Saturday, February 27, 1999

Restrictions on wife's beheader loosened


Tanner still must see psychologist

BY STEVE KEMME
The Cincinnati Enquirer

[tanner]
Raymond Tanner, left, with his attorney, Greg Howard
(Dick Swaim photo)
| ZOOM |
        HAMILTON — Raymond Tanner, who beheaded his wife with a knife nine years ago and was released from a mental institution two years ago, must continue to see his psychologist and his case manager, a Butler County judge ruled Friday.

        Common Pleas Judge H.J. Bressler relaxed the restrictions on Mr. Tanner, but refused to release him from court control.

        Instead of visiting his psychiatrist and case manager every two weeks, Mr. Tanner now has to see them only once a month. He also must undergo tests for drugs and alcohol every three weeks.

        Although Mr. Tanner appears to have adjusted well to life in the community, Judge Bressler said, it would be premature to release him from court control and to allow him to end his psychological treat ment.

        “It's in the interest of the public and also Mr. Tanner that he doesn't have a recurrence of mental illness,” Judge Bressler said.

        Mr. Tanner, dressed in a brown sports coat, tie and blue shirt, said nothing during the hearing except for “Yes, your honor” when the judge asked him if he understood what he was required to do.

        In 1990, Mr. Tanner was found not guilty by reason of insanity in the gruesome slaying of his wife, Maria Tanner, at their Fairfield apartment.

        During his trial, psychiatrists for the prosecution and the defense said that Mr. Tanner was suffering from a paranoid-schizophrenic episode when he killed his wife.

        The episode was caused by a severe depression after the death of his 5-month-old daughter from sudden infant death syndrome, they said. In his paranoid state, he believed his 21-year-old wife was planning to kill him.

        This controversial case has been a focal point for local debate about the insanity plea and public safety. The victim's family members have said they believe Mr. Tanner faked his mental illness and should be in prison.

        The victim's mother, Shirley Cleaver of Xenia, could not be reached for comment on the judge's decision.

        Since the court ordered him released from Dayton's Twin Valley Psychiatric System, Mr. Tanner, 42, has been living in an apartment in Dayton, Ohio, and supports himself with a job as a furniture store delivery man.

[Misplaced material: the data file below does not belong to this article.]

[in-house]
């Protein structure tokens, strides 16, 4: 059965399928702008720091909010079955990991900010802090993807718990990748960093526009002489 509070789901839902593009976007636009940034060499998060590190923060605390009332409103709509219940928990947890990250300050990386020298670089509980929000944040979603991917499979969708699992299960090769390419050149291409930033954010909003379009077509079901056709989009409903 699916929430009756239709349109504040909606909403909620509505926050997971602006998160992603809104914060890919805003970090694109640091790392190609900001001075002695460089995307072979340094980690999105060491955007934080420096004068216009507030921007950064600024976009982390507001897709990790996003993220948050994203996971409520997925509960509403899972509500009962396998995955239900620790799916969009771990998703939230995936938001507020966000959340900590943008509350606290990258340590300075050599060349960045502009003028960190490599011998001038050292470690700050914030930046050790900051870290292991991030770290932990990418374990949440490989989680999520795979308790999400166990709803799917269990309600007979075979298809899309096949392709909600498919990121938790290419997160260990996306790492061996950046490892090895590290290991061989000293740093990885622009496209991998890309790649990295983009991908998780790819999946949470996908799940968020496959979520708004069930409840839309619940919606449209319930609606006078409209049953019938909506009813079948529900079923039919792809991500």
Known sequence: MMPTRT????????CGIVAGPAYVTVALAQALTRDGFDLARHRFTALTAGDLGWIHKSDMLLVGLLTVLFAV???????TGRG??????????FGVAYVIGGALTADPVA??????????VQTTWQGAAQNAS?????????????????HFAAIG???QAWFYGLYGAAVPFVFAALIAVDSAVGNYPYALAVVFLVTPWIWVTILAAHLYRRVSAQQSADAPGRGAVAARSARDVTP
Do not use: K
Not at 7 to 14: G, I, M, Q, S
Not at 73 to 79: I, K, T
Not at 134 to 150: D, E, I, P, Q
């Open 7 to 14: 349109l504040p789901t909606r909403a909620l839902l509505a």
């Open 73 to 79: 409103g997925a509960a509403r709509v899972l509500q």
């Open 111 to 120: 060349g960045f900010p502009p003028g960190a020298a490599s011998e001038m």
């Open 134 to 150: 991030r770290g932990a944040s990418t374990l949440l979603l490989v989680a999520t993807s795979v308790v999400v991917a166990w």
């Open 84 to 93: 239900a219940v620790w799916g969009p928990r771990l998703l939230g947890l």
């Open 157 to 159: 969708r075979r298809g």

Mr. Tanner's attorneys whisked him out of the courthouse as soon as the 45-minute hearing ended. Mr. Tanner has declined repeatedly to speak with the media.

        Dan Gattermeyer, assistant county prosecutor, said he was pleased with Judge Bressler's ruling.

        “I think it was a correct decision,” he said. “We felt it was too early to release him without any conditions.”

        Judge Bressler said he based his ruling largely on the report of Dr. Phillip Resnick, a Cleveland psychiatrist who examined Mr. Tanner at the request of the court on Feb. 10.

        Greg Howard, one of Mr. Tanner's attorneys, said he was glad Judge Bressler reduced the requirements, but would have preferred the less restrictive conditions Dr. Resnick recommended.

        Dr. Resnick said Mr. Tanner should be required to see his psychologist every two months and should be allowed to stop seeing his case manager.

        Mr. Howard said Mr. Tanner will comply with the restrictions Judge Bressler ordered.

        In Dr. Resnick's report, he said Mr. Tanner is “in full remission” from his mental illness. He said Mr. Tanner “is not a substantial risk of physical harm to others, is not suicidal and can meet his basic physical needs.”

        For the past year, Mr. Tanner has been dating a 28-year-old woman, Dr. Resnick said in his report.

        “When she initially learned about his background of homicide and insanity, she had some fears,” he said, “but she is now quite supportive.”

       



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